To facilitate cross-border data flows within the Greater Bay Area, on December 13, 2023 China issued the Guidelines on the Standard Contract for Outbound Transfer of Personal Information Within the Greater Bay Area, including Hong Kong.
Onward transfer of personal information outside the Greater Bay Area is not allowed under the Guidelines.
China’s Personal Information Protection Law (“PIPL”) has been in effect for over two years. China has established three cross-border data transfer mechanisms under the PIPL: passing a security assessment conducted by the Cyberspace Administration of China (“CAC”); obtaining personal information (“PI”) protection certification from an authorized third party; and forming a contract with the foreign party receiving the PI in accordance with the standard contractual clauses (“SCCs”) established by the CAC.
In an effort to facilitate cross-border data transfer within the Greater Bay Area (“GBA”) (without needing to implement one of the three mechanisms mentioned above), on June 29, 2023, the CAC and the Hong Kong Innovation, Technology and Industry Bureau entered into a Memorandum of Understanding on Facilitating Cross-boundary Data Flow within the Guangdong-Hong Kong-Macao Greater Bay Area” (“the Memorandum”) to jointly promote cross-border data flow within the GBA, comprised of nine Mainland cities (see below), Hong Kong and Macao. Against this background, the CAC and the Hong Kong Innovation, Technology and Industry Bureau issued the Guidelines on the Standard Contract for Outbound Transfer of Personal Information Within the GBA (Mainland, Hong Kong) (“Guidelines”) and GBA SCCs on December 13, 2023.
The Guidelines apply to PI handlers and recipients who are registered or located in the Mainland cities within the GBA (including Guangzhou, Shenzhen, Zhuhai, Foshan, Huizhou, Dongguan, Zhongshan, Jiangmen and Zhaoqing), and conduct cross-border PI transfer from the above Mainland cities to Hong Kong and vice versa. Notably, the Guidelines do not extend to Macau, to PI that has been classified as “important data” by the relevant authorities, or to onward PI transfers outside the GBA.
As noted above, the CAC had previously released (on February 24, 2023) the Measures on Standard Contract for Cross-Border Transfer of Personal Information (“SCC Measures”) for transferring PI outside China. (Note: For more details on the SCC Measures, see XL Law’s Insights article from March 9, 2023 summarizing the Measures). Important differences between the SCC Measures and the Guidelines include the following:
The SCC Measures require the PI handler to submit the cross-border transfer PI impact assessment report to the CAC prior to transfer. Although the Guidelines still require the PI handler to conduct a PI impact assessment, the filing procedures are simplified, and the PI handler does not need to submit the PI impact assessment report to Chinese authorities.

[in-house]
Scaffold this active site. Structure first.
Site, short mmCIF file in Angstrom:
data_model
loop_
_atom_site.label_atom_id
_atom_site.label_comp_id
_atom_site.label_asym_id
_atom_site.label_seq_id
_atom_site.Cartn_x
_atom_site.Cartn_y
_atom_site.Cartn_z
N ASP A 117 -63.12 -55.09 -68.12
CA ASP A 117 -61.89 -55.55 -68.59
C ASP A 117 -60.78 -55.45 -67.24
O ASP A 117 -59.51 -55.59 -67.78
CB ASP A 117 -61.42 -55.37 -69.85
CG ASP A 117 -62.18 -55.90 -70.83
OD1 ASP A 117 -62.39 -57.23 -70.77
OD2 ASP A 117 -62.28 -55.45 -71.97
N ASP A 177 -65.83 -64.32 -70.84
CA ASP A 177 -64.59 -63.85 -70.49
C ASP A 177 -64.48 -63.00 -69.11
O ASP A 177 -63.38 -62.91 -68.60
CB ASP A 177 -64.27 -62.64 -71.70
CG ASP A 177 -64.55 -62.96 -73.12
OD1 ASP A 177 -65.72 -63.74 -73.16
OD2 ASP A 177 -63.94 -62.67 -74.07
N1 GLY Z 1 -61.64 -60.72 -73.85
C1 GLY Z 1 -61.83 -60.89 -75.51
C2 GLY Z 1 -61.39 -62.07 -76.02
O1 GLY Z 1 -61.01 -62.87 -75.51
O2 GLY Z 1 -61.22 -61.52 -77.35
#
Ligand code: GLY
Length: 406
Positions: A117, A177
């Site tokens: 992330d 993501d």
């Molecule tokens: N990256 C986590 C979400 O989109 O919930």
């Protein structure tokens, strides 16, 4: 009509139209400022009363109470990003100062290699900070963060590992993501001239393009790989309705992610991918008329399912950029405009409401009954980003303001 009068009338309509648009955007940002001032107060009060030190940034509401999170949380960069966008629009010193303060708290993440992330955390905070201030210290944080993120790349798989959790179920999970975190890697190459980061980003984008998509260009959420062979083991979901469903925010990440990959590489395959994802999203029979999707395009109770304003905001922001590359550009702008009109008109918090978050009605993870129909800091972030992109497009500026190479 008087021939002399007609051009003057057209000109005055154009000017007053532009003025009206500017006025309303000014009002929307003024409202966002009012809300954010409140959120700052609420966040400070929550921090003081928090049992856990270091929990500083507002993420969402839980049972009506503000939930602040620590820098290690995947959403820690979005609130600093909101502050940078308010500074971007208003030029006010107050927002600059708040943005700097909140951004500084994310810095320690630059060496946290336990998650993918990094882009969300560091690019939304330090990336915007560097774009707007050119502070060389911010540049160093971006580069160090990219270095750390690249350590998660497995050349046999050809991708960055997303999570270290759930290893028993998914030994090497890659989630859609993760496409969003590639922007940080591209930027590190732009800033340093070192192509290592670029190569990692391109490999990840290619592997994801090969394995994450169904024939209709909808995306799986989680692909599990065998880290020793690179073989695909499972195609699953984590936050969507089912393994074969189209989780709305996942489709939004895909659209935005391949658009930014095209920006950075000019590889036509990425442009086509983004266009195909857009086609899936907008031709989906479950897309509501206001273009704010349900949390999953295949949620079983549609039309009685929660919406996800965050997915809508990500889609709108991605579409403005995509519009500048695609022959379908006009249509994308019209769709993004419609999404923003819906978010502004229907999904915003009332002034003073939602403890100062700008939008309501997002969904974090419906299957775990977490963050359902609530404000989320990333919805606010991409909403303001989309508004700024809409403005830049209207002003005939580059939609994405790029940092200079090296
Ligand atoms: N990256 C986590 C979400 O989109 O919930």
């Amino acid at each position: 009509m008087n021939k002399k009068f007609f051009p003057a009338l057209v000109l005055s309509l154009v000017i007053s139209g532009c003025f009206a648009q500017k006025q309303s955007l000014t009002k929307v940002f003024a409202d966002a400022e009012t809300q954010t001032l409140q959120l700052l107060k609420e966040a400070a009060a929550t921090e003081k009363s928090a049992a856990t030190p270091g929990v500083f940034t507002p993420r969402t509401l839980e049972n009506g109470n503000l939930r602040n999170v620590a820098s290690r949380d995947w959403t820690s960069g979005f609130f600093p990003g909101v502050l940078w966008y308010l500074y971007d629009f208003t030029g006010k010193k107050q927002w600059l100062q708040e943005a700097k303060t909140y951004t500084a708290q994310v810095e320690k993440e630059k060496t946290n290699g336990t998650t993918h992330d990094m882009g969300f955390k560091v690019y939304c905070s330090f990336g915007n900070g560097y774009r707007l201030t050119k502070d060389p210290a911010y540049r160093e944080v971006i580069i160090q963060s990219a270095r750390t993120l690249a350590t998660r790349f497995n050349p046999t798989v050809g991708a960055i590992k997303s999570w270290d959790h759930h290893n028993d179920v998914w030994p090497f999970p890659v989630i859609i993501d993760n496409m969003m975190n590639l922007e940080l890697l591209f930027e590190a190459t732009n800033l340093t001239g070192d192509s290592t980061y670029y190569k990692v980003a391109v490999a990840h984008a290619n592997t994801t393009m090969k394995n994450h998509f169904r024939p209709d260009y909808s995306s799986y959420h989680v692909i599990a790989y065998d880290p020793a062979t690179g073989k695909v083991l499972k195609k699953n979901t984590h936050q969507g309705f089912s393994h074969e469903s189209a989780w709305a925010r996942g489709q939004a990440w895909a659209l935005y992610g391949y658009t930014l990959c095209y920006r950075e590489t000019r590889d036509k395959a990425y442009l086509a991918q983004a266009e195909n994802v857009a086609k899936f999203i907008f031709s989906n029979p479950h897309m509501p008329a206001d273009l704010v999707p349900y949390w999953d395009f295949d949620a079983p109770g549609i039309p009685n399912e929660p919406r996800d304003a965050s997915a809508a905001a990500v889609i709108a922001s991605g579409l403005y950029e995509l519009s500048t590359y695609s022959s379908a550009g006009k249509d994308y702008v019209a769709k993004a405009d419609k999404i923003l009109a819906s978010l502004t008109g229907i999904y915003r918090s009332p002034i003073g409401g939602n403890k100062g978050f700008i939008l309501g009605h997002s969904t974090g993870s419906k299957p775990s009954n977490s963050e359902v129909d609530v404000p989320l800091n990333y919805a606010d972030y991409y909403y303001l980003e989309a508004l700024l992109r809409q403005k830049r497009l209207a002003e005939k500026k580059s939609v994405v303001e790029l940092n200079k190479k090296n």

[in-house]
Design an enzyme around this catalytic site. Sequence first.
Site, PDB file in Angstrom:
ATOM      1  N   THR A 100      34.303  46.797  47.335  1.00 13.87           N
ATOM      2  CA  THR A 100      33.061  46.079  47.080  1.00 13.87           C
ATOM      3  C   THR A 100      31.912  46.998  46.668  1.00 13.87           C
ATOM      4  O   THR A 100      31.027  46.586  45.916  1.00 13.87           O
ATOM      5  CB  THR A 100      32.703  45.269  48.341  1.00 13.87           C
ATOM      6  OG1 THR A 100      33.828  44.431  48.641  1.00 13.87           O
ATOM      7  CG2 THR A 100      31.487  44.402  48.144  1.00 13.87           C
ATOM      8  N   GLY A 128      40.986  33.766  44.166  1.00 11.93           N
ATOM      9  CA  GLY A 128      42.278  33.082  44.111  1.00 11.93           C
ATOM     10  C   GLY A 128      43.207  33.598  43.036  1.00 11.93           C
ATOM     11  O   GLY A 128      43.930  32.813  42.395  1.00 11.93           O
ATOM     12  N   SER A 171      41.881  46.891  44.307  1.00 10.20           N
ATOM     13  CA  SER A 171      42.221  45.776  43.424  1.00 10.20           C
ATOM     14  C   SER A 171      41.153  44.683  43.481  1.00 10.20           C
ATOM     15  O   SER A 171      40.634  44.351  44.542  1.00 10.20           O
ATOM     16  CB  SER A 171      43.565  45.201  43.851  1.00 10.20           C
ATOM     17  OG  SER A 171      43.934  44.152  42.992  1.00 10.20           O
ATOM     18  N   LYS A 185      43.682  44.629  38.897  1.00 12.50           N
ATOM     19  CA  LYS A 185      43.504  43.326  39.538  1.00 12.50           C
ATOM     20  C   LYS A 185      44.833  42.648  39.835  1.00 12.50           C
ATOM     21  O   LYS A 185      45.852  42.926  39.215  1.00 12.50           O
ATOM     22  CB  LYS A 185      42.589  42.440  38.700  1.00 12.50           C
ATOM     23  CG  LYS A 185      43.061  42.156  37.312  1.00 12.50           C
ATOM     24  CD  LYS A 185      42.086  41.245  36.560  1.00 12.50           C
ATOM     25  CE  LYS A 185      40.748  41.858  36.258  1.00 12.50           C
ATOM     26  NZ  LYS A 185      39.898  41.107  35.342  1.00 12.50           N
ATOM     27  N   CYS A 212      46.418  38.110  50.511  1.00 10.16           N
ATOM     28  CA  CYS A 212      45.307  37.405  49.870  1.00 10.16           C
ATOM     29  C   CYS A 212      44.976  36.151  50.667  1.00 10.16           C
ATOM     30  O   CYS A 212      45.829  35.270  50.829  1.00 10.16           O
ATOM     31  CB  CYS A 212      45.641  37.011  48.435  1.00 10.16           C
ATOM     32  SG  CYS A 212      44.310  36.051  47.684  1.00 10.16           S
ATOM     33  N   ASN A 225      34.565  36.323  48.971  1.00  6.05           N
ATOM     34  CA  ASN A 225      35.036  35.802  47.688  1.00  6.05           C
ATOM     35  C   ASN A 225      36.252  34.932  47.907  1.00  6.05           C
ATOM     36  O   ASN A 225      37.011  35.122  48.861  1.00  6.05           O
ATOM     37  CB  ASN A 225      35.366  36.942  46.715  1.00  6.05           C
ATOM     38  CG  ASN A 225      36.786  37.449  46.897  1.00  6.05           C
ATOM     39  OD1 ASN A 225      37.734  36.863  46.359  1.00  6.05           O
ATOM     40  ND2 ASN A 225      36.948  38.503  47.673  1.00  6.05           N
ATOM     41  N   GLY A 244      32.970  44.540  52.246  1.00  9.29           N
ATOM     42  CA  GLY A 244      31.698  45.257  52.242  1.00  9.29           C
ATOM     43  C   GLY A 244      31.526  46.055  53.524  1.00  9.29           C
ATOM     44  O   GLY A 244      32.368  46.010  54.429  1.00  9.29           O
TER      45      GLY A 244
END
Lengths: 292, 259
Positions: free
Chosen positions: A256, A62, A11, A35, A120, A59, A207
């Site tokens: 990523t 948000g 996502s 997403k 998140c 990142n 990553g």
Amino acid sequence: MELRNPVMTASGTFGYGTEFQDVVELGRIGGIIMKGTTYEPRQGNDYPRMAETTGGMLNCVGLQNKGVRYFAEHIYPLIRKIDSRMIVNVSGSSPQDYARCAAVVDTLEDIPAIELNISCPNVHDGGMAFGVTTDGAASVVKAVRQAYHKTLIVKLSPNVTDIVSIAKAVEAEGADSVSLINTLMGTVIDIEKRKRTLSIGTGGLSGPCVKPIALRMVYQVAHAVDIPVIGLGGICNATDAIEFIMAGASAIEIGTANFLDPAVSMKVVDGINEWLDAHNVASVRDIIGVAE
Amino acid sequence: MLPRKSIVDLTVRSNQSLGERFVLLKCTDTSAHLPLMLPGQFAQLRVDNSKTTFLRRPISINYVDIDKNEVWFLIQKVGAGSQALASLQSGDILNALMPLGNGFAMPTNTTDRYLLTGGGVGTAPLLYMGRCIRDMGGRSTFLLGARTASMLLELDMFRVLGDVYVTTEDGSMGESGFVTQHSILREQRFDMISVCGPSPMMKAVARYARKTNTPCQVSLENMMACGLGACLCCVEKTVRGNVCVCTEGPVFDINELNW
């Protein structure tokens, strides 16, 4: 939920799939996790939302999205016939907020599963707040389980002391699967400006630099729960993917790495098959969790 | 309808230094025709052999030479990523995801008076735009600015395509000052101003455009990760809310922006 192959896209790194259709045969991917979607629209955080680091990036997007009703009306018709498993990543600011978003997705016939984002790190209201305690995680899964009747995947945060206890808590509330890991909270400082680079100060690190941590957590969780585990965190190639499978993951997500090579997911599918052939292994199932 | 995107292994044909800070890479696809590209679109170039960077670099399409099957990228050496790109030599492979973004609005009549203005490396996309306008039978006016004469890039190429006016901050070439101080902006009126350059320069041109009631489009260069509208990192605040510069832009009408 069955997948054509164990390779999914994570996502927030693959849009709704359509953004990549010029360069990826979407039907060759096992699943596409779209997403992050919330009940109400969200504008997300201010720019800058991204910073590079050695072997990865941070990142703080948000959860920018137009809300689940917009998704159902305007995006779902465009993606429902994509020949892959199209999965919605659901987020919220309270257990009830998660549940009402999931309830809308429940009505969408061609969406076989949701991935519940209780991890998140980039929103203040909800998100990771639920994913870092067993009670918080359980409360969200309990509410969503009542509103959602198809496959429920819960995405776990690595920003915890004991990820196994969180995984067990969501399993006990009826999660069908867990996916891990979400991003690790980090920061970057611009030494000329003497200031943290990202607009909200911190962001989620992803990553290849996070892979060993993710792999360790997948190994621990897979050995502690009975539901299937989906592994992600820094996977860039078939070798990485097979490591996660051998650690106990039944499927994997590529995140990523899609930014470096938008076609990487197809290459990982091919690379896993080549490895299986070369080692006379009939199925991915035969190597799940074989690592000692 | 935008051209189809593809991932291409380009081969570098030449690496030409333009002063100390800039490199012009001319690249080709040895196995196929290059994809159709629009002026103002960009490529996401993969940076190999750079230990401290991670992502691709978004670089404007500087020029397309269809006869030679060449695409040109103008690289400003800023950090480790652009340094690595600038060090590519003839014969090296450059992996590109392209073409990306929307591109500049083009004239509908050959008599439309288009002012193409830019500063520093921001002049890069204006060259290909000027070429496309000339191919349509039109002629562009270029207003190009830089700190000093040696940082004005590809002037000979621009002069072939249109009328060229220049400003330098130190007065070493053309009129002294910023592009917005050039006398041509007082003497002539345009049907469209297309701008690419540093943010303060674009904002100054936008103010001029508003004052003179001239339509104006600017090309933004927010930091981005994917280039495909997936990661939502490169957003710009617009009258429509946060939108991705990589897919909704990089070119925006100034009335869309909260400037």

The contents of the PI impact assessment are also simplified. Under the SCC Measures, the PI handler prepares the PI impact assessment report by considering multiple factors, including: 1) the legality, legitimacy, and necessity of the purpose, scope, and method of handling; 2) the size, scope, type, and sensitivity of PI, and the possible risks posed to the rights and interests in PI arising from the transfer; 3) the obligations that the overseas recipient undertakes to assume, and whether the overseas recipient's management and technical measures and capabilities to fulfill such obligations can ensure the security of the PI to be transferred abroad; 4) the risk that the PI may be tampered with, destroyed, divulged, lost, or illegally used, after its outbound transfer; and whether there are smooth channels for individuals to protect their rights and interests in the PI; and 5) the impact of PI protection policies and regulations in the country or region where the overseas recipient is located on the performance of the standard contract. Requirements under the Guidelines are notably simpler, with “scope of handling” removed from the first requirement, “size, scope, type, and sensitivity of PI” removed from the second requirement, and the fourth and fifth requirements removed entirely.
The Guidelines lighten the recipient’s obligations. The SCC Measure requires the recipient to provide the PI handler access to review the necessary data, documents, and files, and to provide the relevant records and documents to the authorities directly or through the PI handler, as required by the relevant laws and regulations. The Guidelines eliminate these requirements.
Implications for U.S. Higher Education Institutions
U.S. higher education institutions may rely on the Guidelines to ease data transfer restrictions within the GBA. However, because onward transfer of PI outside the GBA is not allowed under the Guidelines, institutions cannot use the Guidelines to transfer PI from Mainland China to other countries via the GBA. The cross-border transfer of PI from Mainland China to other countries is still subject to one of the three mechanisms mentioned above, and the cross-border transfer of PI from Hong Kong to other countries is regulated by the Hong Kong Personal Data (Privacy) Ordinance. Depending on the location of an U.S. institution’s overseas educational activities, therefore, the Guidelines may be of limited use in terms of facilitating the cross-border transfer of PI.